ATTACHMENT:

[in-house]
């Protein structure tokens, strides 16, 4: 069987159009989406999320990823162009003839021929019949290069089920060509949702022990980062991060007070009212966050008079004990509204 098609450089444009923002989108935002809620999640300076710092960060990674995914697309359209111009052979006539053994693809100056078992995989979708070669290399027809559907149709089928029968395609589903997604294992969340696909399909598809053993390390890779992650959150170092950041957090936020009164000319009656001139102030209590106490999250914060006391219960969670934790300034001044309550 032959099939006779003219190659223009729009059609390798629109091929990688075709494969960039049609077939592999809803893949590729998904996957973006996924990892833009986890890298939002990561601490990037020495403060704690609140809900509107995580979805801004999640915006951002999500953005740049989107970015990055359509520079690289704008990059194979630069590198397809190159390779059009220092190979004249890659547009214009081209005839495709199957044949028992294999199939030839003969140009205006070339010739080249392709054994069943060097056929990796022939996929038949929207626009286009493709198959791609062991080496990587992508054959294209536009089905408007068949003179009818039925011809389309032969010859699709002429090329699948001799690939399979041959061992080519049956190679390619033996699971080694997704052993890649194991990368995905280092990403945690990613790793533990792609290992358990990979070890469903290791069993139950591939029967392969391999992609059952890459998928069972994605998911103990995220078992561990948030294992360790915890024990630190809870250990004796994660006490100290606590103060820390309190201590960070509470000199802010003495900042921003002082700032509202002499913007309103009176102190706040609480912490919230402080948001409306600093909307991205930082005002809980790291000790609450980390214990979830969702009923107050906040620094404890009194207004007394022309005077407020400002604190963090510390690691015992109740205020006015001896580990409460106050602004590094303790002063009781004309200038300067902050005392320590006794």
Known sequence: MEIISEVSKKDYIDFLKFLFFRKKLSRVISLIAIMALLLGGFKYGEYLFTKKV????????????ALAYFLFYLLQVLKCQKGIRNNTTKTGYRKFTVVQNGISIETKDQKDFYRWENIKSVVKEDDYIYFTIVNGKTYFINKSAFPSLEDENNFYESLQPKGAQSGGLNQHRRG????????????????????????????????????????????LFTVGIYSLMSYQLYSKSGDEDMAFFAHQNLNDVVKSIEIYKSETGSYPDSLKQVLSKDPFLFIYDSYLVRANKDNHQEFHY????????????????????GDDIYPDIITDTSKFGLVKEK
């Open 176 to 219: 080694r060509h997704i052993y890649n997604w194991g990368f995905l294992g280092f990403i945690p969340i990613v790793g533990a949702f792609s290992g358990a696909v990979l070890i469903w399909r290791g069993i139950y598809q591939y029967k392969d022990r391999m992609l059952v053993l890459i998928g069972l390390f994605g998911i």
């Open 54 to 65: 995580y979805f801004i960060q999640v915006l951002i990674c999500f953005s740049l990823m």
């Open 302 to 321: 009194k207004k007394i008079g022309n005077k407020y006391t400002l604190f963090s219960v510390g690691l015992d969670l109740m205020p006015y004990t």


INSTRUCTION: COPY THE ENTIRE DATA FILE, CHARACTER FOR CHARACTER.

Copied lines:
[in-house]
């Protein structure tokens, strides 16, 4: 069987159009989406999320990823162009003839021929019949290069089920060509949702022990980062991060007070009212966050008079004990509204 098609450089444009923002989108935002809620999640300076710092960060990674995914697309359209111009052979006539053994693809100056078992995989979708070669290399027809559907149709089928029968395609589903997604294992969340696909399909598809053993390390890779992650959150170092950041957090936020009164000319009656001139102030209590106490999250914060006391219960969670934790300034001044309550 032959099939006779003219190659223009729009059609390798629109091929990688075709494969960039049609077939592999809803893949590729998904996957973006996924990892833009986890890298939002990561601490990037020495403060704690609140809900509107995580979805801004999640915006951002999500953005740049989107970015990055359509520079690289704008990059194979630069590198397809190159390779059009220092190979004249890659547009214009081209005839495709199957044949028992294999199939030839003969140009205006070339010739080249392709054994069943060097056929990796022939996929038949929207626009286009493709198959791609062991080496990587992508054959294209536009089905408007068949003179009818039925011809389309032969010859699709002429090329699948001799690939399979041959061992080519049956190679390619033996699971080694997704052993890649194991990368995905280092990403945690990613790793533990792609290992358990990979070890469903290791069993139950591939029967392969391999992609059952890459998928069972994605998911103990995220078992561990948030294992360790915890024990630190809870250990004796994660006490100290606590103060820390309190201590960070509470000199802010003495900042921003002082700032509202002499913007309103009176102190706040609480912490919230402080948001409306600093909307991205930082005002809980790291000790609450980390214990979830969702009923107050906040620094404890009194207004007394022309005077407020400002604190963090510390690691015992109740205020006015001896580990409460106050602004590094303790002063009781004309200038300067902050005392320590006794």
Known sequence: MEIISEVSKKDYIDFLKFLFFRKKLSRVISLIAIMALLLGGFKYGEYLFTKKV????????????ALAYFLFYLLQVLKCQKGIRNNTTKTGYRKFTVVQNGISIETKDQKDFYRWENIKSVVKEDDYIYFTIVNGKTYFINKSAFPSLEDENNFYESLQPKGAQSGGLNQHRRG????????????????????????????????????????????LFTVGIYSLMSYQLYSKSGDEDMAFFAHQNLNDVVKSIEIYKSETGSYPDSLKQVLSKDPFLFIYDSYLVRANKDNHQEFHY????????????????????GDDIYPDIITDTSKFGLVKEK
């Open 176 to 219: 080694r060509h997704i052993y890649n997604w194991g990368f995905l294992g280092f990403i945690p969340i990613v790793g533990a949702f792609s290992g358990a696909v990979l070890i469903w399909r290791g069993i139950y598809q591939y029967k392969d022990r391999m992609l059952v053993l890459i998928g069972l390390f994605g998911i």
């Open 54 to 65: 995580y979805f801004i960060q999640v915006l951002i990674c999500f953005s740049l990823m």
């Open 302 to 321: 009194k207004k007394i008079g022309n005077k407020y006391t400002l604190f963090s219960v510390g690691l015992d969670l109740m205020p006015y004990t």